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expert-perspectives

UMN experts: New cases of diabetes may be down but more work is needed

A recent report by the Centers for Disease Control and Prevention (CDC) found new cases of diabetes dropped by roughly one-fifth from 2008-2014, from 1.7 million to 1.4 million. And while the investigators are unsure whether prevention efforts are working or if the disease peaked in the U.S., the findings were good news after decades of seeing numbers skyrocket.

According to a recent New York Times article, “there is growing evidence that eating habits, after decades of deterioration, have finally begun to improve. The amount of soda Americans drink has declined by about a quarter since the late 1990s, and the average number of daily calories children and adults consume also has fallen. Physical activity has started to rise, and once-surging rates of obesity, a major driver of type 2 diabetes, the most common form of the disease, have flattened.”

Health Talk spoke with Mark Pereira, Ph.D., associate professor of epidemiology and community health in the School of Public Health and Elizabeth Seaquist, M.D., professor of medicine in the University of Minnesota Medical School to help understand the numbers.

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education

It takes a village: volunteers teach future healthcare professionals how to connect with patients

It’s a common occurrence: Patients leave the doctor’s office more confused than when they arrived. Healthcare practitioners are good at their jobs, but often lack the communication skills needed to work with patients and explain their decisions.

That’s why the University of Minnesota has partnered with the community to teach pharmacy, medical and nursing students how to connect with their patients through affective communication.

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research-and-clinical-trials

Research snapshot: Research collaboration discovers copolymer able to stabilize dystrophic skeletal muscle

New research from a University of Minnesota research collaboration identifies a copolymer well suited to stabilizing muscle cell membranes in a model of Duchenne muscular dystrophy (DMD).

Poloxamer 188 (P188) is a block copolymer membrane stabilizer. In a new paper published in Molecular Therapy-Methods & Clinical Development, researchers showed this stabilizer works well to protect the dystrophic skeletal muscles.

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research-and-clinical-trials

Shining a light on the brain: optogenetics and epilepsy

An estimated 3 million Americans have epilepsy, but most of the fundamental questions about the condition have yet to be answered. In fact, up to 40 percent of epilepsy patients don’t achieve seizure control with traditional treatment using medication.

UMN expert Esther Krook-Magnuson, Ph.D., has taken a targeted approach to studying epilepsy. She uses a technique called optogenetics, which uses light to alter brain activity, and could be used to stop seizures.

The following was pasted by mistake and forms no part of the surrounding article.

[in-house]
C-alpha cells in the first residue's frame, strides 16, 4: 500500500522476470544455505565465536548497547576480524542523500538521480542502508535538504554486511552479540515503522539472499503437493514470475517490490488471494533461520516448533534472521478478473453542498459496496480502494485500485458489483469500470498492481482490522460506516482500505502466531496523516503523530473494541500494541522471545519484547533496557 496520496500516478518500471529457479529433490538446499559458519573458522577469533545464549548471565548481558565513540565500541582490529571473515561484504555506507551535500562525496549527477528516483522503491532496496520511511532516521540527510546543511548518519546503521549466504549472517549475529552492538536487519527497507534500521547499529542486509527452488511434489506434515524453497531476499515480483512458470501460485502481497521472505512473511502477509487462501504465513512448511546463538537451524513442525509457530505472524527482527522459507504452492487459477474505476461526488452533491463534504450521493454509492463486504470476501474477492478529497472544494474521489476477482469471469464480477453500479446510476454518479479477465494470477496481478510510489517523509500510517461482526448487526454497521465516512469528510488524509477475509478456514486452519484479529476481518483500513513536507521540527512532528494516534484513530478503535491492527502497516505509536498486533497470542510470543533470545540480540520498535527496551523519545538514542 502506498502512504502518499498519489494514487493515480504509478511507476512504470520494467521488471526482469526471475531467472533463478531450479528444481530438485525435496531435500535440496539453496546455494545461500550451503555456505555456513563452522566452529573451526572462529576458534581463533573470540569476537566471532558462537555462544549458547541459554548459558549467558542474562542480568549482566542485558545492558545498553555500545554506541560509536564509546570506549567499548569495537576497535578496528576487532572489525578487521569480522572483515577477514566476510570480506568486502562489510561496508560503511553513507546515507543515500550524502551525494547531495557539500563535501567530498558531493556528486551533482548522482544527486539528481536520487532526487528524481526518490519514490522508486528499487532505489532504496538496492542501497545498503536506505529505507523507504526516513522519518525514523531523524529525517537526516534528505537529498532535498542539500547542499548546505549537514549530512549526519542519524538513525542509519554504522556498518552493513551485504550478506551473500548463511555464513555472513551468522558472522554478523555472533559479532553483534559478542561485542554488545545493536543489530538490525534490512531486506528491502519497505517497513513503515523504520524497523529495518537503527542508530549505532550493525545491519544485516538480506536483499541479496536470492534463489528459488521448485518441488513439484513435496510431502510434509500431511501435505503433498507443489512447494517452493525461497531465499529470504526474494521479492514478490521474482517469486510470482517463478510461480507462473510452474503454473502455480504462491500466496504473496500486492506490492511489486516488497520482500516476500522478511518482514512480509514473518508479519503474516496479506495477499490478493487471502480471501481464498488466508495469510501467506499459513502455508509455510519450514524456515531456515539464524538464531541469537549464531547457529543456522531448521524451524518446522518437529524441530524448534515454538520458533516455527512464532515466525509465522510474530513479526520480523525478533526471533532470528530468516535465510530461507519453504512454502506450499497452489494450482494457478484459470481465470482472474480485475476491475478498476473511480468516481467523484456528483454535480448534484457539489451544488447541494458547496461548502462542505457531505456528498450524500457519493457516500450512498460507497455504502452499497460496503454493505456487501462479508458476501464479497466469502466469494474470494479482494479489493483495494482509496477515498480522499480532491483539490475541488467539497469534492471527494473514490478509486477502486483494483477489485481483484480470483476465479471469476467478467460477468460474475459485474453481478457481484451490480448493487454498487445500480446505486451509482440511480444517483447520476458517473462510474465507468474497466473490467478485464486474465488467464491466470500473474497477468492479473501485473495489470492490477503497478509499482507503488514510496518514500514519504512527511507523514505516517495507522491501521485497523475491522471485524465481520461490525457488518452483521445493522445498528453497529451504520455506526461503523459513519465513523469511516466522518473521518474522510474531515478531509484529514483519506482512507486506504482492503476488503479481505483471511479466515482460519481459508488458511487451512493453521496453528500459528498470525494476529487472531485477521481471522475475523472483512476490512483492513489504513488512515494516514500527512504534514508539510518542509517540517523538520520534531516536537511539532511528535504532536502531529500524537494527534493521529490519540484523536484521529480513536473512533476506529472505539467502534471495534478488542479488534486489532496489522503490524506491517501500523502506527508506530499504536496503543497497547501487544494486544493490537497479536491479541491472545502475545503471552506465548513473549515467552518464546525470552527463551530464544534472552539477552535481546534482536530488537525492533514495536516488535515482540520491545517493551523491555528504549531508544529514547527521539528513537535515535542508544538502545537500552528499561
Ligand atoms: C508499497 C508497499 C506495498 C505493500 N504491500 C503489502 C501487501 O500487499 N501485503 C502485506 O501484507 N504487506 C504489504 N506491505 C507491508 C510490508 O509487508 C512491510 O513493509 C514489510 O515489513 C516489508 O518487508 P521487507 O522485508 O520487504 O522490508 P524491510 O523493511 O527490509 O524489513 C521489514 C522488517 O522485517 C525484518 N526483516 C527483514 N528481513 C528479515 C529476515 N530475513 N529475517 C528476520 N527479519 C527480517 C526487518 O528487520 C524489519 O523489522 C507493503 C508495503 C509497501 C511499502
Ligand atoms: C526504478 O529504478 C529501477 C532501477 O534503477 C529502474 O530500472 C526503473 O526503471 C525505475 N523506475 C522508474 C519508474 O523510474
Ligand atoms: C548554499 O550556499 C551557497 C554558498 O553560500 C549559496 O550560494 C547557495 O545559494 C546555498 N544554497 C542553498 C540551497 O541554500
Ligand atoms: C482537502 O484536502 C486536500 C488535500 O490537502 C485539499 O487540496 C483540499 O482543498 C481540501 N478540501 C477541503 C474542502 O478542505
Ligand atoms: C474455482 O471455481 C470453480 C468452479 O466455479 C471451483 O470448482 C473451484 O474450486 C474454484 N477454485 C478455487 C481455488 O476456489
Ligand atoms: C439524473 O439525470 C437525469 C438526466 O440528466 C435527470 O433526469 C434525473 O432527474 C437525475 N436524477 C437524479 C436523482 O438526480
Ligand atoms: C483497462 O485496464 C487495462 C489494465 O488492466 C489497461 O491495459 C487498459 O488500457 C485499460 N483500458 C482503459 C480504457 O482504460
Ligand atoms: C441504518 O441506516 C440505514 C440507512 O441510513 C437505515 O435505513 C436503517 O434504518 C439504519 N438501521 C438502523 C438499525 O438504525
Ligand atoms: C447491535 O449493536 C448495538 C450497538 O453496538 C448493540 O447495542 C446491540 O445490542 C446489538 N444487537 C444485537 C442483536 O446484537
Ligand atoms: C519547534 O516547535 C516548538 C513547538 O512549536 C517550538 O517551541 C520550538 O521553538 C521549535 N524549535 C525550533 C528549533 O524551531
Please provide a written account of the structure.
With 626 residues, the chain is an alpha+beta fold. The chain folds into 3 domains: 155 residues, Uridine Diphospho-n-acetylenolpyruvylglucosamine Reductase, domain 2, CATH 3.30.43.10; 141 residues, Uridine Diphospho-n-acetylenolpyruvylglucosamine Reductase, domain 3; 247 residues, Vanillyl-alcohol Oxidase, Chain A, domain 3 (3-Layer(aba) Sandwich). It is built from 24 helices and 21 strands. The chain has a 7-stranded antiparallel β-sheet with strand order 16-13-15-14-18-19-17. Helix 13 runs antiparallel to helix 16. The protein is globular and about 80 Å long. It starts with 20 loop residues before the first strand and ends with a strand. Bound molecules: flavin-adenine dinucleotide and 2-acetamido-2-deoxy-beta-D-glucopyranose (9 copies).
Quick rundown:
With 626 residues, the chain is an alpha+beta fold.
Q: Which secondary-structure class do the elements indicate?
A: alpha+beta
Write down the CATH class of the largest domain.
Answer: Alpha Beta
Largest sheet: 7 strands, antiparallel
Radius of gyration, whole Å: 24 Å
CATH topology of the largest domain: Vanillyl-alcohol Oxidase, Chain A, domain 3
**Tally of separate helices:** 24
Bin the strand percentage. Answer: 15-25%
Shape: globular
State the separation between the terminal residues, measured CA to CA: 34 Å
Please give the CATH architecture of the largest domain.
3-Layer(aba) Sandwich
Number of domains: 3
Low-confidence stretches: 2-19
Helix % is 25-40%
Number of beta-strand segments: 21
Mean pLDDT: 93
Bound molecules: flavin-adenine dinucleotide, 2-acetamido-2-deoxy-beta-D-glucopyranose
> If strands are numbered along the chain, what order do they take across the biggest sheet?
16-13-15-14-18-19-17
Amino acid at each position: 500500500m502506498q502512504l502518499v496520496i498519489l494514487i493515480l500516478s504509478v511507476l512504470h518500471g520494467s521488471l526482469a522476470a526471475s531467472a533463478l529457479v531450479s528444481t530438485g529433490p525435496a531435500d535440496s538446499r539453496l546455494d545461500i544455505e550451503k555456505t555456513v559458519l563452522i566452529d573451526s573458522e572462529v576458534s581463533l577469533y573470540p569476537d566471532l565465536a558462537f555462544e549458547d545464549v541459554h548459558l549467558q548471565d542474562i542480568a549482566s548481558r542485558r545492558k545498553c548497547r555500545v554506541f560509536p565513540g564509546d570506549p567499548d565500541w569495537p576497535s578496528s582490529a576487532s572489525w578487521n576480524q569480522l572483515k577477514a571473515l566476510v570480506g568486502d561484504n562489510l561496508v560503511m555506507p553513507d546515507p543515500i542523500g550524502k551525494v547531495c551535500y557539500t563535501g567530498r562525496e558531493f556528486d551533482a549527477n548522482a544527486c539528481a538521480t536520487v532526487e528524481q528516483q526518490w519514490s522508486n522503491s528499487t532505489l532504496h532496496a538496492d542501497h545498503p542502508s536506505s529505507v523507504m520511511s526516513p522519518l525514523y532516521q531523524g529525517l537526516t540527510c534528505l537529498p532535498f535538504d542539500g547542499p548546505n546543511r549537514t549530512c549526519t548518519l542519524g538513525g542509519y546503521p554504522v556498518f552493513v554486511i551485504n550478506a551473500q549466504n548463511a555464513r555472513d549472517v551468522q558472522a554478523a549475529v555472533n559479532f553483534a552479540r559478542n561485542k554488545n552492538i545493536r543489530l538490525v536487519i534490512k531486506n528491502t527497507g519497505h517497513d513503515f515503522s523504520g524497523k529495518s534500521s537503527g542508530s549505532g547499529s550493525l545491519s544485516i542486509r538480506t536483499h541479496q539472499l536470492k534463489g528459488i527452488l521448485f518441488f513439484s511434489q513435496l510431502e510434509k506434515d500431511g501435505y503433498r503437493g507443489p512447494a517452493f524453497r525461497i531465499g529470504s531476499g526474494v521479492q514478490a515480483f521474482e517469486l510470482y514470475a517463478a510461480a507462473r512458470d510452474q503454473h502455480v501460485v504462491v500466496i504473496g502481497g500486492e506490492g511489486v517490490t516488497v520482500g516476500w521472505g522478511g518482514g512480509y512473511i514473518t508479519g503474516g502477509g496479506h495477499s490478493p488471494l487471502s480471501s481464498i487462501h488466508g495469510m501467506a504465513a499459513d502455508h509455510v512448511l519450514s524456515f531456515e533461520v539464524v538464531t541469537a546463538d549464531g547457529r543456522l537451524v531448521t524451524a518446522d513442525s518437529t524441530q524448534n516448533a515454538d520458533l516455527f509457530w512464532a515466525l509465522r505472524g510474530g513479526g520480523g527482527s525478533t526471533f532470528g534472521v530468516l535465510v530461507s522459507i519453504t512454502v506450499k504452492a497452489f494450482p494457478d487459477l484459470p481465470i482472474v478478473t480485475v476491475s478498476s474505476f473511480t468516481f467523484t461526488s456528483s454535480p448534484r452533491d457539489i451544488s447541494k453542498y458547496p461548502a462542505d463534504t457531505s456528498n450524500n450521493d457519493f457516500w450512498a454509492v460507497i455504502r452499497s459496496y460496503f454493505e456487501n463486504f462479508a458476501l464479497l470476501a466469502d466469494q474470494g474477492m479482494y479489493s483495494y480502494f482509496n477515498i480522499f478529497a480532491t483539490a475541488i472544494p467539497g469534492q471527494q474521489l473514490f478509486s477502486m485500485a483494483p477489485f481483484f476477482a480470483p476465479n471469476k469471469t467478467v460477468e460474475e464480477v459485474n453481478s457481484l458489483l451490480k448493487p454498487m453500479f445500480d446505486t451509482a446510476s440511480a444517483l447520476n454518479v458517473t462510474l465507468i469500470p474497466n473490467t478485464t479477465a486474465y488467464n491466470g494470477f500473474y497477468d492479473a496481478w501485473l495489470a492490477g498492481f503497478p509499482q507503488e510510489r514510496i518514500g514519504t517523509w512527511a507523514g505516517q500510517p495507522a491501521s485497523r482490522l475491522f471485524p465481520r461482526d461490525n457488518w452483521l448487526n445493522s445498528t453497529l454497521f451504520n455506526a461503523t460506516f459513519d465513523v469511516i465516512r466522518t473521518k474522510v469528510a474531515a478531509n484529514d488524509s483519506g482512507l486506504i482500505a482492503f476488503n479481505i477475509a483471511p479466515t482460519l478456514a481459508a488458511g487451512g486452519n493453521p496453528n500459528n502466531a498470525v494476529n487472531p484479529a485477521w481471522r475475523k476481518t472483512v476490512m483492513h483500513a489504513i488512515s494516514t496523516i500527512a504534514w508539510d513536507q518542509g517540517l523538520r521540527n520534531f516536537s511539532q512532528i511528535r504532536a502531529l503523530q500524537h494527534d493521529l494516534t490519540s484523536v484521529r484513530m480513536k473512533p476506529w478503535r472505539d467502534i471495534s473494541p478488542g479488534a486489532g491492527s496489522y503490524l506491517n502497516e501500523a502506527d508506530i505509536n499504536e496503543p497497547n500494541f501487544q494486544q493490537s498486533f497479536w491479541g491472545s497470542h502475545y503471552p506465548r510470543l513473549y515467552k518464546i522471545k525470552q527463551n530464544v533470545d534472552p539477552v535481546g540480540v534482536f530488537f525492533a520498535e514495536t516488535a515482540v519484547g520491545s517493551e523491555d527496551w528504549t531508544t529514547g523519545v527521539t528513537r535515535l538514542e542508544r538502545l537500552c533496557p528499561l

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expert-perspectives

Drop the vitamin C: The truth about colds

Dripping noses and choruses of coughs can be heard in hallways and homes as fall settles in, a season often considered ripe for colds.

The truth is colds hit year round. In fact, adults probably come down with two or three infections per year. Children, especially those hitting the classroom or settling in at day care, often see up to six colds a year.

“It’s considered one of the most common infectious diseases in humans,” said Mark Schleiss, M.D., co-director of the Center for Infectious Diseases and Microbiology Translational Research at the University of Minnesota. “Colds are generally caused by a virus called rhinovirus, and there are about 100 unique types of rhinoviruses. You can build immunity to them, but there are a lot of different strains so it’s hard to beat it completely.”

Schleiss is a practicing pediatrician and sees plenty of colds, so we checked in for the inside scoop on how to treat – and avoid – the common cold.

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research-and-clinical-trials

Should low risk transplant patients seek care at high risk centers?

Hematopoietic cell transplantation (HCT) is a complex treatment for several hematological disease groups, including many types of cancer.  In a new study published in AJMC, researchers found that low risk HCT patients have had similar survival outcomes irrespective of whether they underwent transplant at higher- or lower-risk centers, even when they adjusted for sociodemographics.

The research conducted by University of Minnesota health policy experts Drs. Schelomo Marmor in the Department of Surgery, with James W. Begun, Jean Abraham and Beth A. Virnig, in the Department of Health Policy and Management. The research group wanted to investigate if facilities that developed an expertise with high risk HCT patients influenced their ability to treat lower risk HCT patients.

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